When I was little, I would reread the Harry Potter series over and over again, its words conjuring images of the epic battles between Harry and Voldemort. But ever since the film adaptations appeared on HBO, I found myself curling up with my favorite characters in a different medium. Maybe it’s because watching it on TV is more passive. There’s no flipping of pages or scanning the lines; my eyes would fix on the same screen over the two hours. Or maybe it’s because having Harry on screen meant that I didn’t have to lug the heavy book–boxed set around in my backpack. Regardless, the outcome has been that I’ve read and seen the Sorcerer’s Stone countless times, leaving me looking for other ways to revisit my favorite characters. This semester, my screenwriting class provided an answer: read the screenplays.
For those unfamiliar with what exactly constitutes a screenplay, it’s the script of a movie—the lines, the acting instructions, the scene directions, everything. Go stage left. Gasp in horror. It provides all the familiarity of the plot, but with a different form and from a different point of view. With a good screenplay, like a good novel, the action unfolds in front of the reader, the characters standing right above the pages. But unlike simple viewership and television–watching, screenplays require the reader to take an active role. In my own experience, I’ve become more attuned to the screenwriter’s voice, plot points, and divergences consequent of parting from its original source material or adding more information into the final film. By reading screenplays, I’ve learned what make my favorite films my favorite films.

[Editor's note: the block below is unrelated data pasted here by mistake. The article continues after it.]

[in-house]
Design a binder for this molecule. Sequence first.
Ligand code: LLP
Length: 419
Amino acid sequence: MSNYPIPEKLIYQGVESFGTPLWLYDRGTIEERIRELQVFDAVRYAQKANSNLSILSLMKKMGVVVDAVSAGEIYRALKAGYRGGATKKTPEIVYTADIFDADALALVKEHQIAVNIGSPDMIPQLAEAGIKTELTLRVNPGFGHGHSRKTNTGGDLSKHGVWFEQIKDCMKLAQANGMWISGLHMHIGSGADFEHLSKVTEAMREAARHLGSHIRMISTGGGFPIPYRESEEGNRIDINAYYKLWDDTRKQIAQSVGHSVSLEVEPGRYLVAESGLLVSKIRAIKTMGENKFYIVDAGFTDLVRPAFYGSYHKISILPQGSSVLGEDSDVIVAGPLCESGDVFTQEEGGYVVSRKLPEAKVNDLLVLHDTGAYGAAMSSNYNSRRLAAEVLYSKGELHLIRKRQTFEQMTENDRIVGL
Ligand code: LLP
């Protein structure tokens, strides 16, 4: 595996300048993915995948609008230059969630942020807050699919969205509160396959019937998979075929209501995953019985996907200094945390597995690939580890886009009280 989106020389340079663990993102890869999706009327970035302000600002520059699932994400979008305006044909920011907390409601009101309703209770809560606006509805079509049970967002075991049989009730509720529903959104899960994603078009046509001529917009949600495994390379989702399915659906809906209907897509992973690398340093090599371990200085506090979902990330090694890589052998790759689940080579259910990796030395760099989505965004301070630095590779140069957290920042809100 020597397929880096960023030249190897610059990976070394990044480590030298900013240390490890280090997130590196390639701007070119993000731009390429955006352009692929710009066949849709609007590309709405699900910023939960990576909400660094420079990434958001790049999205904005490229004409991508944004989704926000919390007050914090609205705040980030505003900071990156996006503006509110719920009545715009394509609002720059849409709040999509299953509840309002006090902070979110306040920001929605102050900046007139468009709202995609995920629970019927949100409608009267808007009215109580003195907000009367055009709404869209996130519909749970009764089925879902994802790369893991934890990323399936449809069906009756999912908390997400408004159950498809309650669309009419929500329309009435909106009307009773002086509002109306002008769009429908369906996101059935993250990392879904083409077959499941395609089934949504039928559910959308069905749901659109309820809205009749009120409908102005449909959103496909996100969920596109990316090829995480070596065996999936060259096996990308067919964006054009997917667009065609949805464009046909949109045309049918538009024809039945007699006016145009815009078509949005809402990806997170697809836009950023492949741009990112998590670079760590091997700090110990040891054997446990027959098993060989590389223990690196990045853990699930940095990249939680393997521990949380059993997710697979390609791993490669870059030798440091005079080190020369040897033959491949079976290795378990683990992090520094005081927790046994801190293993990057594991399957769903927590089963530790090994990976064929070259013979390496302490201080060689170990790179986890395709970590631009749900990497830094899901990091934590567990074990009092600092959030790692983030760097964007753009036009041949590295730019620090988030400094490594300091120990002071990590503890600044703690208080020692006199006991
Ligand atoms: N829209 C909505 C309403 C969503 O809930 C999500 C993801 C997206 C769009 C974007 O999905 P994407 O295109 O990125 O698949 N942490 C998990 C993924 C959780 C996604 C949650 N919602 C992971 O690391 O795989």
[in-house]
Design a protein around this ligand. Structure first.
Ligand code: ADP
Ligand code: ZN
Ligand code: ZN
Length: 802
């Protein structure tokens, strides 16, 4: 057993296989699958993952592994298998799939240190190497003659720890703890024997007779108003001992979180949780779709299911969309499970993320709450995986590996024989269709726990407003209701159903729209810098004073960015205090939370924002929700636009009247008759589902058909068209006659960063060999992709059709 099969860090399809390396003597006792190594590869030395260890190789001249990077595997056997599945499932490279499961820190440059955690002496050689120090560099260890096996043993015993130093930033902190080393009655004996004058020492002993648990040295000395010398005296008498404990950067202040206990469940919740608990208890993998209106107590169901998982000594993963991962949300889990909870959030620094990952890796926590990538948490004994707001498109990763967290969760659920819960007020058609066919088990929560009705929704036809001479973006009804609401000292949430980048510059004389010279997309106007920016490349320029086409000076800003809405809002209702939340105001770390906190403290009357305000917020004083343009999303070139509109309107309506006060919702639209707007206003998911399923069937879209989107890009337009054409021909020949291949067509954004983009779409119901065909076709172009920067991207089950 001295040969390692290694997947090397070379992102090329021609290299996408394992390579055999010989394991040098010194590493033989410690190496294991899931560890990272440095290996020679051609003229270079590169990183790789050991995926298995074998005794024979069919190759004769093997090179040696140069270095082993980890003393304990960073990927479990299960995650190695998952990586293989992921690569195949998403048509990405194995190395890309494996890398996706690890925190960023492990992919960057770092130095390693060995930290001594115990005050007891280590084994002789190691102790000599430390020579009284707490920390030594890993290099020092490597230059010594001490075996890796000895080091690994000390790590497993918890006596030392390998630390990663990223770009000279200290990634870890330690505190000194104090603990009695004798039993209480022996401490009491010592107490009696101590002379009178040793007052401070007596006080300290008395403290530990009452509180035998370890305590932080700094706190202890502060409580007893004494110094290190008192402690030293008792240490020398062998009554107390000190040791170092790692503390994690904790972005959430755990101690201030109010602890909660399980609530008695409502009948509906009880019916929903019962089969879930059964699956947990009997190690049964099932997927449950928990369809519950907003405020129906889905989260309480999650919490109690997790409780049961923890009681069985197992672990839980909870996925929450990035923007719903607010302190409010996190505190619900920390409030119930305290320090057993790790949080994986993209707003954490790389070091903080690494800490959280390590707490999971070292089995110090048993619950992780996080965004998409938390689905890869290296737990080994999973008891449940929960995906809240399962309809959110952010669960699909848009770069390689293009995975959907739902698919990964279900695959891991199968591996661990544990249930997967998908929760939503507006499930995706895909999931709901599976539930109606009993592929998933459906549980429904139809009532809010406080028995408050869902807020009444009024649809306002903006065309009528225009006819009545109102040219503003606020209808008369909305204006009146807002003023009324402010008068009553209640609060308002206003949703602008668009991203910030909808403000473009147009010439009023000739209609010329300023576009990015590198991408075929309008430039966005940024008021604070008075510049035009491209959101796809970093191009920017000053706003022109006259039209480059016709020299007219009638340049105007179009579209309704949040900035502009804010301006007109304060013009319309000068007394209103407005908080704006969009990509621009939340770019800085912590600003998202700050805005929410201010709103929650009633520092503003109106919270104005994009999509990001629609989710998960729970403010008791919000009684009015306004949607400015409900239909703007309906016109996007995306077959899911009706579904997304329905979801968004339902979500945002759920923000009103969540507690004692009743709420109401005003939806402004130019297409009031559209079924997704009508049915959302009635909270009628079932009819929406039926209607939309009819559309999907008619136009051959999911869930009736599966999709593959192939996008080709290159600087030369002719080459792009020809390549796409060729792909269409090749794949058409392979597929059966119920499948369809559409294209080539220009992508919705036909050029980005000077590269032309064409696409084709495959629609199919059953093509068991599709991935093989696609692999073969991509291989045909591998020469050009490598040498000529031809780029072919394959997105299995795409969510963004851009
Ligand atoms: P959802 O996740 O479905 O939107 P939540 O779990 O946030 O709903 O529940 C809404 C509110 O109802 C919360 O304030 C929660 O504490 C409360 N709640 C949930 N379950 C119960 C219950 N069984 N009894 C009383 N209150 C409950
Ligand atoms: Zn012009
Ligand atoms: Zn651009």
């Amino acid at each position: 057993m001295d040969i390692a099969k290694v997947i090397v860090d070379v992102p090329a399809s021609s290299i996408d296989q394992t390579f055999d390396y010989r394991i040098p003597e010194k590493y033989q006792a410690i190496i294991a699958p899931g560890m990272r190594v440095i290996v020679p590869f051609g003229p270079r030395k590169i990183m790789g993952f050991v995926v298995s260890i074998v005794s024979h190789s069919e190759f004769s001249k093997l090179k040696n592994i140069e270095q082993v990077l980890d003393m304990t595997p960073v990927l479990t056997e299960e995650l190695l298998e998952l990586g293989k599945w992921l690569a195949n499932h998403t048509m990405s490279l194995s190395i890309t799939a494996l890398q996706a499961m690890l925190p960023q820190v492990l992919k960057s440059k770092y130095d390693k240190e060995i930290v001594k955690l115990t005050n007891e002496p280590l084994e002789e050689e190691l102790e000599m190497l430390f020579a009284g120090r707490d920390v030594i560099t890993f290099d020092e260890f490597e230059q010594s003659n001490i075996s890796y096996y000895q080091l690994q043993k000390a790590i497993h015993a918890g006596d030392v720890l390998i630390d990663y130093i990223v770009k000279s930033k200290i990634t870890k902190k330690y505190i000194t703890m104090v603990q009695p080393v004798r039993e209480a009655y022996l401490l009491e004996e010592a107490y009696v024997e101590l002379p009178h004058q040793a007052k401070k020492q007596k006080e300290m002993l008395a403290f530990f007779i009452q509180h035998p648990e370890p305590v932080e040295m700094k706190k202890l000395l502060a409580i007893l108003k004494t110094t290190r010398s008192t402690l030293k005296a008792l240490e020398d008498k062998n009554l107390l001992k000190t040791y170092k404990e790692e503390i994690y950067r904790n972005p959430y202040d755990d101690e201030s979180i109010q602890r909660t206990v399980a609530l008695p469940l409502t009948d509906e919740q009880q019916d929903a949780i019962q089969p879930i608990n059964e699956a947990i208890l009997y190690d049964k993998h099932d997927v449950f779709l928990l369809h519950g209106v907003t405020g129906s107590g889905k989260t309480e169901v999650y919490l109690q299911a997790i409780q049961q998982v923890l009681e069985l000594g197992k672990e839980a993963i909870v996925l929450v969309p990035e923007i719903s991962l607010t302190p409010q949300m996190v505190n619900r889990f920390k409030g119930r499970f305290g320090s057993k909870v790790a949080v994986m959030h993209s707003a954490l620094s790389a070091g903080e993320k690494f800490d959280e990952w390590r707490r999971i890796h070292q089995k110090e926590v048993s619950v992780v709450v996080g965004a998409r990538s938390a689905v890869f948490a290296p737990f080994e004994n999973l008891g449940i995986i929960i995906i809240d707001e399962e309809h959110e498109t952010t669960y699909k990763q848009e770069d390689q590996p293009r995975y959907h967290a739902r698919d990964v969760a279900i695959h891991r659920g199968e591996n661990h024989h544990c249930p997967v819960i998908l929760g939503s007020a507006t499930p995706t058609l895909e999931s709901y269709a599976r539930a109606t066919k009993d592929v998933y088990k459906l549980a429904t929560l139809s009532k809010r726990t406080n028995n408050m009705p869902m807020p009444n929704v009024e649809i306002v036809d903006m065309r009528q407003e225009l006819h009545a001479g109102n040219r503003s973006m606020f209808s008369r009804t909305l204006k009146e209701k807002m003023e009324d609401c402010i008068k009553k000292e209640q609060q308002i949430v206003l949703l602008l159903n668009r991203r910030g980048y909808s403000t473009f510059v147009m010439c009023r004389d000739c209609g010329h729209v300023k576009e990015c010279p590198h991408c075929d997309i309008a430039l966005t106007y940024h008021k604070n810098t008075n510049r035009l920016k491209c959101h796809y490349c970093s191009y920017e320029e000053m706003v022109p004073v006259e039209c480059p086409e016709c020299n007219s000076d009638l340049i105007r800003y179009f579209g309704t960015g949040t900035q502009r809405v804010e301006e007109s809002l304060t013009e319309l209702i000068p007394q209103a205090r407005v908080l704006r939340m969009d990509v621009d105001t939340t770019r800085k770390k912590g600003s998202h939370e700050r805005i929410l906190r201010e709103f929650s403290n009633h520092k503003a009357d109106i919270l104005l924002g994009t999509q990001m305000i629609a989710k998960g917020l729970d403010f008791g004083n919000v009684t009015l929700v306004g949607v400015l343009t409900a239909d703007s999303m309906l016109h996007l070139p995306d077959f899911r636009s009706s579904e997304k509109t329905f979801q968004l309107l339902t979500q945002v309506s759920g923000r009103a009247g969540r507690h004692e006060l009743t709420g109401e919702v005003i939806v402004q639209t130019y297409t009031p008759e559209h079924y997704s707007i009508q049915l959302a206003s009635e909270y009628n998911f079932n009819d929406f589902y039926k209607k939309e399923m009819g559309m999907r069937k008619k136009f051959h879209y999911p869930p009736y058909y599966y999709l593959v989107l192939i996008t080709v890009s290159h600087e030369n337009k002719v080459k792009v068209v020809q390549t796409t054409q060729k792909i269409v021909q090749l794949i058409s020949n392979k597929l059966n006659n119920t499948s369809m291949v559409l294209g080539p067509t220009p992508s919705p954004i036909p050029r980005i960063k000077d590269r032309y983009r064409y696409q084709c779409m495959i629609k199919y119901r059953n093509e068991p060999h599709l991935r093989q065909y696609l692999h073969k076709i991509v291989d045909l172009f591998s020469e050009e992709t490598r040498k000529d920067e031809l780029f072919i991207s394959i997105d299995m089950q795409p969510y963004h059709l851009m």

The typical structure of the screenplay is as follows: three acts containing the background information, the confrontation and climax, and the resolution. Such a structure is to film as the golden ratio is to painting. With the first act, the screenwriter presents the setup, the inciting incident, and the first plot point, which typically falls around the 20–25% mark of the screenplay. The second act consists of the confrontation and the climax of the novel, when the protagonists attempt to solve the problem initiated by the first plot point, but fail to do so. This is where characters develop, either in isolation or with their cast of mentors and allies. Finally, there’s the third act: the resolution. The problems are solved and the questions answered. At times, the end of the films evoke the opening but are juxtaposed to show the aforementioned character growth. Even the most groundbreaking films, such as “Toy Story,” “Thelma and Louise,” and “Star Wars” adhere to this very structure.
The act of reading screenplays has also turned some of my least favorite films into my favorite pieces of writing. “Eternal Sunshine of the Spotless Mind” is the best example. For those of you haven’t seen it (go watch it; it’s on Netflix), the plot follows Joel, who had literally erased the memory of his girlfriend Clementine after a fight through a New York City firm. Though often lauded as one of the best movies of all time, the movie felt slow to me and the supporting characters flat. It was hard to believe that Kate Winslet (once a stunning 1920s heiress) would fall in love with SNL’s oddball Jim Carrey. On the page, however, I discovered that these issues were resolved and the story was actually infused with unforeseen and unfilled plot twists and character developments. The final discovery infused the script with more cynicism. It’s impossible to delve into this without spoilers, but the lesson was clear.
Screenplays are different than movies and books. They often hold separate stories that contain more literary nuance than a blockbuster can carry. Because of this, even though it seems as if watching may feel easier, I’ve returned to a new way of reading.